Ever wondered how much time you actually spend on projects? How much of your working day is spent deep working and how much is spent outside the IDE? A tool that helps answer that question is Wakatime. Wakatime plugs into the IDE and monitors your coding activity. Based on that, it provides meaningful insights like how is your time split betwen projects, what languages do you write the most, your contribution graphs over time, and more. It also works with teams of engineers.
I find that wakatime shows me the days I’m most productive, and at what times, which allows me to correlate with my specific behavior that day or how I planned my time that day. Such a good tool for self assessment.
We are at the time were LLMs (Large Language Models) are useful for the average developer. Ever wanted autocomplete that was just a little bit smarter? for example, one that learns your variable naming conventions, your writing style, your formatting preferences? That’s Tabnine; autocomplete on steroids.
Tabnine is AI powered autocomplete; learns from the context and syntax you’re writing, and suggest appropriate completion. It reduces errors, cuts time spent writing, and saves effort in code reviews. There are advanced options to train Tabnine on your org’s codebase, that might be useful for software teams with large enough codebase.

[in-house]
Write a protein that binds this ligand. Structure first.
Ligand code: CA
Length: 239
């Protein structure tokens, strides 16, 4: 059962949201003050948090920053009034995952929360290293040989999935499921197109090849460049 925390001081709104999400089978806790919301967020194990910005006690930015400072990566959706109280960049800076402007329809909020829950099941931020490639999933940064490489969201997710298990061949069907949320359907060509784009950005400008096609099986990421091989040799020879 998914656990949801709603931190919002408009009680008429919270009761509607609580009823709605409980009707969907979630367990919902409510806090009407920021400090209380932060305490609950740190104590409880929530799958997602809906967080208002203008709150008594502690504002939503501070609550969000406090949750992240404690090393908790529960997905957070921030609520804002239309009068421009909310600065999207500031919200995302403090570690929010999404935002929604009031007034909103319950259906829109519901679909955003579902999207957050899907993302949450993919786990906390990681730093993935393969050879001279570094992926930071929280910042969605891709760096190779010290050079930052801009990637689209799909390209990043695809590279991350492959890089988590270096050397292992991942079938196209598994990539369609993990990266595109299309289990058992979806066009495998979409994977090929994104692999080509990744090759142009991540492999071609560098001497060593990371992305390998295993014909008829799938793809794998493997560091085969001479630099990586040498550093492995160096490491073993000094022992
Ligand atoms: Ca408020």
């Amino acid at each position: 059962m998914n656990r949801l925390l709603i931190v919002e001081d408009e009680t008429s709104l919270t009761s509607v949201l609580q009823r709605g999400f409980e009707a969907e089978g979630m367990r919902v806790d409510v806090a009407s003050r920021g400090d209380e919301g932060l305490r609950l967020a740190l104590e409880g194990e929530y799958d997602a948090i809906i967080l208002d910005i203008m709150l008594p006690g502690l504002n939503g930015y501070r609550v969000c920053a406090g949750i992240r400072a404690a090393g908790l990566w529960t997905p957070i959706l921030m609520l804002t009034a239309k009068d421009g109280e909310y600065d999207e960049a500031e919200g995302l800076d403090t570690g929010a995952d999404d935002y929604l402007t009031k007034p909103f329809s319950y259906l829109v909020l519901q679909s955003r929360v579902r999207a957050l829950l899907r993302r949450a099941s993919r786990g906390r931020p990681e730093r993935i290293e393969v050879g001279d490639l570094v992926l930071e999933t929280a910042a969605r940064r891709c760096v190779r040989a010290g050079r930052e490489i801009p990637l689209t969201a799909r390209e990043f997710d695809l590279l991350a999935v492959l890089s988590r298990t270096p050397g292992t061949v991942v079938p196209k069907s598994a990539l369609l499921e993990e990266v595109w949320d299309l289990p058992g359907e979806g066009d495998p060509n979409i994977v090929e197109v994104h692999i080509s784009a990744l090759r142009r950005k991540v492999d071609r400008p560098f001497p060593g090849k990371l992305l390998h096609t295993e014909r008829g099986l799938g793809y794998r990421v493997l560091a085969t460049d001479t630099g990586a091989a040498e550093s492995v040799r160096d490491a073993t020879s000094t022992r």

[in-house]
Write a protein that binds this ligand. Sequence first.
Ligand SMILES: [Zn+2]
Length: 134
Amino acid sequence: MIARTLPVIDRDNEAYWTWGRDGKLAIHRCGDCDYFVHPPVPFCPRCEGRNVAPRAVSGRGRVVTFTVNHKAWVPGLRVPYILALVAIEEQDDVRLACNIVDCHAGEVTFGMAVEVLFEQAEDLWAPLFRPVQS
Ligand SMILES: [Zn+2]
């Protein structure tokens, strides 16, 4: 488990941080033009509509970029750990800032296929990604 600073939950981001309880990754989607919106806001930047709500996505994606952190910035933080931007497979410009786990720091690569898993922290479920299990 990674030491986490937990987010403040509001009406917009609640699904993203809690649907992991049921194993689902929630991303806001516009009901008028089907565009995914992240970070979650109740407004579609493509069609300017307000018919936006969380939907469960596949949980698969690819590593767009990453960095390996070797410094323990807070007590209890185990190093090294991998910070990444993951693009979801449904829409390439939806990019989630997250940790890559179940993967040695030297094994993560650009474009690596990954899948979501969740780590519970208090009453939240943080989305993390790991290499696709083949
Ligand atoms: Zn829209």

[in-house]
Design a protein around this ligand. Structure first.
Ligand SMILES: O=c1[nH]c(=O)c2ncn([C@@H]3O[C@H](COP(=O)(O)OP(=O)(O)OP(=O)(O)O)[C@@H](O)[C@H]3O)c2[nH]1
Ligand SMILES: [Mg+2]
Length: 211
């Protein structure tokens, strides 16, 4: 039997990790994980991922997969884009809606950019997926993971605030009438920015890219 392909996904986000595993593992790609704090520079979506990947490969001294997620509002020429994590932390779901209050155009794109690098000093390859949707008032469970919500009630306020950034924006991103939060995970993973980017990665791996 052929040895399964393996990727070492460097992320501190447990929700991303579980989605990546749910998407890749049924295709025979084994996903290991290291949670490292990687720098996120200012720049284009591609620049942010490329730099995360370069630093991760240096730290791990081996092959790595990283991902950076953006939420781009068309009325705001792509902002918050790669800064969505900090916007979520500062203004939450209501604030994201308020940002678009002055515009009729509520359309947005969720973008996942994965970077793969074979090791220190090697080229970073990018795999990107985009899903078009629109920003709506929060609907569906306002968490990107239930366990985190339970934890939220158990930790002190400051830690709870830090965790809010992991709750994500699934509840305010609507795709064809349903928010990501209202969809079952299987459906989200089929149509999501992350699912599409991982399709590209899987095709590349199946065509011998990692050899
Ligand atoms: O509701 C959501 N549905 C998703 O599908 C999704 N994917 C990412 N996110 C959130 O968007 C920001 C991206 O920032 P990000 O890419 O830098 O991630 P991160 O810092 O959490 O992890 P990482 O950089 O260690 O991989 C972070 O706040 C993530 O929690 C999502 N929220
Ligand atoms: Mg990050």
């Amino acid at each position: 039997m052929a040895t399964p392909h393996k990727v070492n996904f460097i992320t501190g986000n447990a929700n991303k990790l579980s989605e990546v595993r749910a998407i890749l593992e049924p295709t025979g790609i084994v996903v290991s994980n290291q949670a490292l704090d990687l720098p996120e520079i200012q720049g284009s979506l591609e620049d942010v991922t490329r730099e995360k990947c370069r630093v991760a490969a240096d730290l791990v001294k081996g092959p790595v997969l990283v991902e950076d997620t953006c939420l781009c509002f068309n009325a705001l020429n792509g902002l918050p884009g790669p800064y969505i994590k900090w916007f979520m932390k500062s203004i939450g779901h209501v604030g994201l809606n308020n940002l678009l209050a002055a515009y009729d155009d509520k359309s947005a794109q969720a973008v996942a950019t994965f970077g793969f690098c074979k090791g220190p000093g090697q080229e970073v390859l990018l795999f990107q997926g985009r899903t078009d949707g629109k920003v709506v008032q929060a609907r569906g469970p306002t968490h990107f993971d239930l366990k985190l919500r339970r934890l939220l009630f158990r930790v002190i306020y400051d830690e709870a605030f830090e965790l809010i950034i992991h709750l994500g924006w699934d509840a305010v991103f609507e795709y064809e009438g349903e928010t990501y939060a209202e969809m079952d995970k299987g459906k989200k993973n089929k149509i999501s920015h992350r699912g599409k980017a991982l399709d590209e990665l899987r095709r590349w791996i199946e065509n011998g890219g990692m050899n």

[✨Bonus] Development Containers
A tool that binds everything together and allows for shareability across teams seamlessly: Development Containers.
Dev Containers are a setup for VS code that stores extensions and the preferences you set, to be shared across a team. Add a dev container to a project, share the project in a repo, and now every new user to a repo will have VS Code run the dev container whenever they’re writing to the repo. It is useful to unify the development experience across a team. Here is a guide on getting started.
This is a vanalla introduction to these tools. I recommend you use the extension marketplace to read the tool’s description, usage, and understand its full offerings. You will also discover a lot of settings you can change to your liking.
I learnt about most of the tools I mentioned in this post from a great software engineer and colleague: Salman Alrajhi. Thanks Salman!
Photo by Clément Hélardot on Unsplash